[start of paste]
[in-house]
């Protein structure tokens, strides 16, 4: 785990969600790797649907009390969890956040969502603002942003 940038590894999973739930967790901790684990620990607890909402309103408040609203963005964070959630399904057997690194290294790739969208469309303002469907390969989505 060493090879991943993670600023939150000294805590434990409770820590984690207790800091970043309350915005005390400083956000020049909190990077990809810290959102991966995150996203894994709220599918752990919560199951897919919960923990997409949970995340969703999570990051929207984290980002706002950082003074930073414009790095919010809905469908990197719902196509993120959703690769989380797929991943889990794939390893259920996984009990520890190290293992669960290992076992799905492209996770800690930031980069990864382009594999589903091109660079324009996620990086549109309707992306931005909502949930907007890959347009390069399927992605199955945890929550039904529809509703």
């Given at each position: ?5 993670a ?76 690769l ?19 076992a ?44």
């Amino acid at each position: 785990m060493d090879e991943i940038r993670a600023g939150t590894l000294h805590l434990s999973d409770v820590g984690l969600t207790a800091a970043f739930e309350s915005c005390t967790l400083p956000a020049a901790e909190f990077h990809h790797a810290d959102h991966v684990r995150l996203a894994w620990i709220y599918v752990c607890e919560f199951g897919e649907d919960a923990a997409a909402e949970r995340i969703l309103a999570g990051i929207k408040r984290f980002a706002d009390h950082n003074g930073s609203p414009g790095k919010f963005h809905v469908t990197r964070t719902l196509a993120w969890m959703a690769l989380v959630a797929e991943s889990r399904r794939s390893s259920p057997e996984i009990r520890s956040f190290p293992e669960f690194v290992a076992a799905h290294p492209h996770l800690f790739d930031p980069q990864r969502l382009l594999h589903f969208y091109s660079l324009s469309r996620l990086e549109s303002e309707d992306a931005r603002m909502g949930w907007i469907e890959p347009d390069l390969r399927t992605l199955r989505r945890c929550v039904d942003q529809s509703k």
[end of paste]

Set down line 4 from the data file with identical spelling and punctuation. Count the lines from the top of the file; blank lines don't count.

């Amino acid at each position: 785990m060493d090879e991943i940038r993670a600023g939150t590894l000294h805590l434990s999973d409770v820590g984690l969600t207790a800091a970043f739930e309350s915005c005390t967790l400083p956000a020049a901790e909190f990077h990809h790797a810290d959102h991966v684990r995150l996203a894994w620990i709220y599918v752990c607890e919560f199951g897919e649907d919960a923990a997409a909402e949970r995340i969703l309103a999570g990051i929207k408040r984290f980002a706002d009390h950082n003074g930073s609203p414009g790095k919010f963005h809905v469908t990197r964070t719902l196509a993120w969890m959703a690769l989380v959630a797929e991943s889990r399904r794939s390893s259920p057997e996984i009990r520890s956040f190290p293992e669960f690194v290992a076992a799905h290294p492209h996770l800690f790739d930031p980069q990864r969502l382009l594999h589903f969208y091109s660079l324009s469309r996620l990086e549109s303002e309707d992306a931005r603002m909502g949930w907007i469907e890959p347009d390069l390969r399927t992605l199955r989505r945890c929550v039904d942003q529809s509703k």